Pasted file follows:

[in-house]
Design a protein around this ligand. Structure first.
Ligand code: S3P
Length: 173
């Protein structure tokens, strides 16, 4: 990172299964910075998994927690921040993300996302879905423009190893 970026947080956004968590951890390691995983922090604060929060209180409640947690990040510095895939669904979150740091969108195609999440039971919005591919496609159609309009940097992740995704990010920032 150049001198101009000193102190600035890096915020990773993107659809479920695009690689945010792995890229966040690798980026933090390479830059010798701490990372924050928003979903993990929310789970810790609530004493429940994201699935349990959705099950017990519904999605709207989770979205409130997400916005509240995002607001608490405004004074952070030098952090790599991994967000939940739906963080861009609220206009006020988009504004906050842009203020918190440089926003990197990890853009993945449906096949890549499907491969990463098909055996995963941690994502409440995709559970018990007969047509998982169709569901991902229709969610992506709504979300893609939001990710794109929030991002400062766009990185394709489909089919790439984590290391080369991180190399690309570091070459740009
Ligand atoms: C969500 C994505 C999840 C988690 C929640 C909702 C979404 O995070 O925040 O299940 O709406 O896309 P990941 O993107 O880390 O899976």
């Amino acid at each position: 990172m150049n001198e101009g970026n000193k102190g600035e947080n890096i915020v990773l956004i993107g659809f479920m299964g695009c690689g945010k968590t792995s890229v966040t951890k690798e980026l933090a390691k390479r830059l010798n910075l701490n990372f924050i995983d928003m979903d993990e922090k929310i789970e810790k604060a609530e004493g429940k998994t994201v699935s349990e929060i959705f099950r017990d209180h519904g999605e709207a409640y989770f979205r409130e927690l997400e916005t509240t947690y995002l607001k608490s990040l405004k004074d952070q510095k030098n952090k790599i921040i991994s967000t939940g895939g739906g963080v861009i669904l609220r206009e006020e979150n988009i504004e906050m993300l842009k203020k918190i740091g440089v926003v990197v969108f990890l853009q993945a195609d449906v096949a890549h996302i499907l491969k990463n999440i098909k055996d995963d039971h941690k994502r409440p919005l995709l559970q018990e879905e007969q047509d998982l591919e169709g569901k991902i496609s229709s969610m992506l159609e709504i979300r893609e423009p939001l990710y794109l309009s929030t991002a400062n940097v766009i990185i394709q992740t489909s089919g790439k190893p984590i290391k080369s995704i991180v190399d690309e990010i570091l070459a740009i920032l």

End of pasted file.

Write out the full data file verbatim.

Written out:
[in-house]
Design a protein around this ligand. Structure first.
Ligand code: S3P
Length: 173
């Protein structure tokens, strides 16, 4: 990172299964910075998994927690921040993300996302879905423009190893 970026947080956004968590951890390691995983922090604060929060209180409640947690990040510095895939669904979150740091969108195609999440039971919005591919496609159609309009940097992740995704990010920032 150049001198101009000193102190600035890096915020990773993107659809479920695009690689945010792995890229966040690798980026933090390479830059010798701490990372924050928003979903993990929310789970810790609530004493429940994201699935349990959705099950017990519904999605709207989770979205409130997400916005509240995002607001608490405004004074952070030098952090790599991994967000939940739906963080861009609220206009006020988009504004906050842009203020918190440089926003990197990890853009993945449906096949890549499907491969990463098909055996995963941690994502409440995709559970018990007969047509998982169709569901991902229709969610992506709504979300893609939001990710794109929030991002400062766009990185394709489909089919790439984590290391080369991180190399690309570091070459740009
Ligand atoms: C969500 C994505 C999840 C988690 C929640 C909702 C979404 O995070 O925040 O299940 O709406 O896309 P990941 O993107 O880390 O899976």
């Amino acid at each position: 990172m150049n001198e101009g970026n000193k102190g600035e947080n890096i915020v990773l956004i993107g659809f479920m299964g695009c690689g945010k968590t792995s890229v966040t951890k690798e980026l933090a390691k390479r830059l010798n910075l701490n990372f924050i995983d928003m979903d993990e922090k929310i789970e810790k604060a609530e004493g429940k998994t994201v699935s349990e929060i959705f099950r017990d209180h519904g999605e709207a409640y989770f979205r409130e927690l997400e916005t509240t947690y995002l607001k608490s990040l405004k004074d952070q510095k030098n952090k790599i921040i991994s967000t939940g895939g739906g963080v861009i669904l609220r206009e006020e979150n988009i504004e906050m993300l842009k203020k918190i740091g440089v926003v990197v969108f990890l853009q993945a195609d449906v096949a890549h996302i499907l491969k990463n999440i098909k055996d995963d039971h941690k994502r409440p919005l995709l559970q018990e879905e007969q047509d998982l591919e169709g569901k991902i496609s229709s969610m992506l159609e709504i979300r893609e423009p939001l990710y794109l309009s929030t991002a400062n940097v766009i990185i394709q992740t489909s089919g790439k190893p984590i290391k080369s995704i991180v190399d690309e990010i570091l070459a740009i920032l």